We stand concerned with the status quo of higher education and the implications it holds for society as a whole. As an organization that holds a powerful stake in shaping society, the public university’s structure demands our attention as we witness it welcoming an overwhelming increase of corporate influence.
This impacts not only the students affected by the education system, but all members of the greater community. What are the implications of an education dictated not by our deeper values and beliefs as people, but instead by market trends? What kind of university is created under the influence of corporations? Most importantly, should we run our schools as businesses?
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Contemporary society has left the university in a hard place. In the absence of adequate public funding, universities are adopting streamlined corporate practices that do not reflect the academic interests of students and faculty. Education should not conform to market valuations; knowledge cannot be reduced to a mere market commodity. Appropriation of funding according to the interests of private corporations stifles intellectual freedom, funneling intellectual output to meet private demands, rather than serving the greater public.
This is the “neoliberal” model of higher education. In this system, academic agency has been and continues to be stripped from students’ and faculty’s hands. Instead of focusing on academic growth, the university has become answerable to interests outside of those whom it purports to serve. This has subordinated
Education is being subordinated to market growth. Students and faculty are pitted against each other through adjunct professorships and overly saturated, competitive majors. The privatization of student-faculty interests has fragmented the learning community, and we have become increasingly vulnerable to burgeoning administrative control.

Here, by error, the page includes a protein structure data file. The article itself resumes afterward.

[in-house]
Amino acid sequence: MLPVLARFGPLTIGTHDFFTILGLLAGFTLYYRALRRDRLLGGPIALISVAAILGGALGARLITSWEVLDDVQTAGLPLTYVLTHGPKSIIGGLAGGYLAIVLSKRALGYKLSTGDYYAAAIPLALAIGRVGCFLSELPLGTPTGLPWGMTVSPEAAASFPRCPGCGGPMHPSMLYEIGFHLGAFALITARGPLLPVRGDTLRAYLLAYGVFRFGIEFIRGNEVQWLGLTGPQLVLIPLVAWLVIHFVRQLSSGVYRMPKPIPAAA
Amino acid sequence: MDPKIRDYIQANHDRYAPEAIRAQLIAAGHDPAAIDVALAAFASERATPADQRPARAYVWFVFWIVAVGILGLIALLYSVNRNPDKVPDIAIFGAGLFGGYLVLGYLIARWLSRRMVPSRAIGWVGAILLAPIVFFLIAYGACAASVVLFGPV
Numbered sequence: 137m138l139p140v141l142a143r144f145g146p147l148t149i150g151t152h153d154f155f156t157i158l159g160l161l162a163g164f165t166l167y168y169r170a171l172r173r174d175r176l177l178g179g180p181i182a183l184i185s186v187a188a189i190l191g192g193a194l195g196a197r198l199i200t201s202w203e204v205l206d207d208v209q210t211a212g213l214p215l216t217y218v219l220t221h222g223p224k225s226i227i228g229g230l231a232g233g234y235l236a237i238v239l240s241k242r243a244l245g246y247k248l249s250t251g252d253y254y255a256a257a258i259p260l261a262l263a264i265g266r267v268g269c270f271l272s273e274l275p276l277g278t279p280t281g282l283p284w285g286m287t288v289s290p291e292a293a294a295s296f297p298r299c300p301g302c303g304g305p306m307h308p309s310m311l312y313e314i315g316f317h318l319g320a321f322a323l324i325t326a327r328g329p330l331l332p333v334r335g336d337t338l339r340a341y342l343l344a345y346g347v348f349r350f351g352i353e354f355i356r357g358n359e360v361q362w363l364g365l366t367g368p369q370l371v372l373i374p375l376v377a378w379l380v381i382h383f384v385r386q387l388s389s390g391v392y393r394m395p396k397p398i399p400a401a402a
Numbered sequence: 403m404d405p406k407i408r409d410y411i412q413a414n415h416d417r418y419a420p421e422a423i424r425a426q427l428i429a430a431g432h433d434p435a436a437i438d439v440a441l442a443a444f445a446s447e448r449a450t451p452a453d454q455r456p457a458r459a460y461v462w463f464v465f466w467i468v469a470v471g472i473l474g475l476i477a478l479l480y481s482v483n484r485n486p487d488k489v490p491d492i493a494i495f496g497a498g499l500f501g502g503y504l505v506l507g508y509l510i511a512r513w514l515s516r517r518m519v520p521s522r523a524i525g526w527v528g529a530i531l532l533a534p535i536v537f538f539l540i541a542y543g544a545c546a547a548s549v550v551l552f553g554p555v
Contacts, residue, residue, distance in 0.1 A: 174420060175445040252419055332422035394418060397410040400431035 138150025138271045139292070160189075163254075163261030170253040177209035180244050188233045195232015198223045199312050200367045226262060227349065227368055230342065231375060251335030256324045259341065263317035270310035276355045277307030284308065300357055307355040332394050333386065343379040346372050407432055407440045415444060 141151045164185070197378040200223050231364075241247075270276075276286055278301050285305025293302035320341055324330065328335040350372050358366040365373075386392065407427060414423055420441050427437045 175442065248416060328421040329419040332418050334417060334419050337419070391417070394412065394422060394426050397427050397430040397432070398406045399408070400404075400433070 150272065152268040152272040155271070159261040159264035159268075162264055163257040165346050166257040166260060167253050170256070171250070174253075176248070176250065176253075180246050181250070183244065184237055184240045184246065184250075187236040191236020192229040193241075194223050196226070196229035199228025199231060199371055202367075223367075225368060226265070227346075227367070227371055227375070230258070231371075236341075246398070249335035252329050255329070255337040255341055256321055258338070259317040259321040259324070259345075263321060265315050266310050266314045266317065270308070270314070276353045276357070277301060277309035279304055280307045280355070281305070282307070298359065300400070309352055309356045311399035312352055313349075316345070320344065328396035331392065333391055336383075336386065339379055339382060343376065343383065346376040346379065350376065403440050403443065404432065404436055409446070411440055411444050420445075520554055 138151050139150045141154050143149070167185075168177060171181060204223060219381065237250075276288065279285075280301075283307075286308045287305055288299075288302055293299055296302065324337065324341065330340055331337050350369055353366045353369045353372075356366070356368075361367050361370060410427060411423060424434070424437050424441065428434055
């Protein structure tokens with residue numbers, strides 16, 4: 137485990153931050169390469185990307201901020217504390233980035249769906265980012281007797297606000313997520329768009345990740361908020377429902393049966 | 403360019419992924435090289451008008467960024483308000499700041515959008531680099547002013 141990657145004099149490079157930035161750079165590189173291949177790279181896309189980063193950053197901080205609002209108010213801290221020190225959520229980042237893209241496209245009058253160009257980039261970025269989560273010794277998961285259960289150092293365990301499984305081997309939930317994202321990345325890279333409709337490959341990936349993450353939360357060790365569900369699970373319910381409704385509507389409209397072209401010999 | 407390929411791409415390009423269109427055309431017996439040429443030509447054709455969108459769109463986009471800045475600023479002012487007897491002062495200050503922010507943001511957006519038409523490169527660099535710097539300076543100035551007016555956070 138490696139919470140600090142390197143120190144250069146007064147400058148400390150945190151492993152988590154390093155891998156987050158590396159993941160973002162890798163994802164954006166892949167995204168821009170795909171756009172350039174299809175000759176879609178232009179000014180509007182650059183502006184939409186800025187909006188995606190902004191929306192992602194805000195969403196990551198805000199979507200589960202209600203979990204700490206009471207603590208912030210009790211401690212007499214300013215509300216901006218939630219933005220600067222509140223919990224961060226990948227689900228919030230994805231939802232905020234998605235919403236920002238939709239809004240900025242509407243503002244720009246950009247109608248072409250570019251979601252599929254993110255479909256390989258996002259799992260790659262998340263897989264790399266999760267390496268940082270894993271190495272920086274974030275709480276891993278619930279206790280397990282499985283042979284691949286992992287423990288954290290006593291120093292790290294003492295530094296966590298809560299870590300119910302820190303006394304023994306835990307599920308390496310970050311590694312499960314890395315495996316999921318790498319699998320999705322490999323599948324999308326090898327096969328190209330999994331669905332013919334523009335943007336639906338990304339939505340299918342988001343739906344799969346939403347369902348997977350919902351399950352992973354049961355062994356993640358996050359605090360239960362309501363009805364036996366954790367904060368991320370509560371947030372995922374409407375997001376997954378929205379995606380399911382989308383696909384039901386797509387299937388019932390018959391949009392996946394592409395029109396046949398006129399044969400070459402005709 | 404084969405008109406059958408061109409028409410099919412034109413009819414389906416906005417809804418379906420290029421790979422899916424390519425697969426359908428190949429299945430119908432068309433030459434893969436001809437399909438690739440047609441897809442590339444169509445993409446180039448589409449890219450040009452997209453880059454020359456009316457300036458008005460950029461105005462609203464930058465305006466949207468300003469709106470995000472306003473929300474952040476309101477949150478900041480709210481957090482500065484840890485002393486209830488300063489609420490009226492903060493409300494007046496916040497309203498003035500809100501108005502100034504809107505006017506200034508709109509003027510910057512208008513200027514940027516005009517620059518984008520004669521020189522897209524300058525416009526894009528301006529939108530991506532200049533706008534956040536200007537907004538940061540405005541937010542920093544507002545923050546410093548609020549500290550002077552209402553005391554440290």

Rising student debt cripples imagination and deters aspiring individuals’ accessibility in terms of the way prospective students think about college. Compounded with stressful and rigorous admissions and enrollment practices, students’ opportunities are dwindling. If the idea of “healthy competition” exists herein, it ignores the increased anxiety and social stratification that it exacerbates. The balance of student interests—the selection of degree and major—are not representative of actual aspirations and instead reflect the constrained, abused resources that otherwise would be accessible to students.
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With this in mind, we feel that it is time for students and faculty to stand-up and make a difference. The control of university politics and practices should rest with the public citizens who define the academic mission. Not with those invested in a corporate mission. We imagine campus-wide discussion in defense of our university’s public dimension. Many have already raised their voices; underpaid and untenured faculty, exploited graduate students and concerned alumni; as students, we stand beside them. Together, we have the strength to recuperate, and reinvigorate the academic mission.
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It’s happening—let’s invest in public education. Join us in understanding and tackling this problem.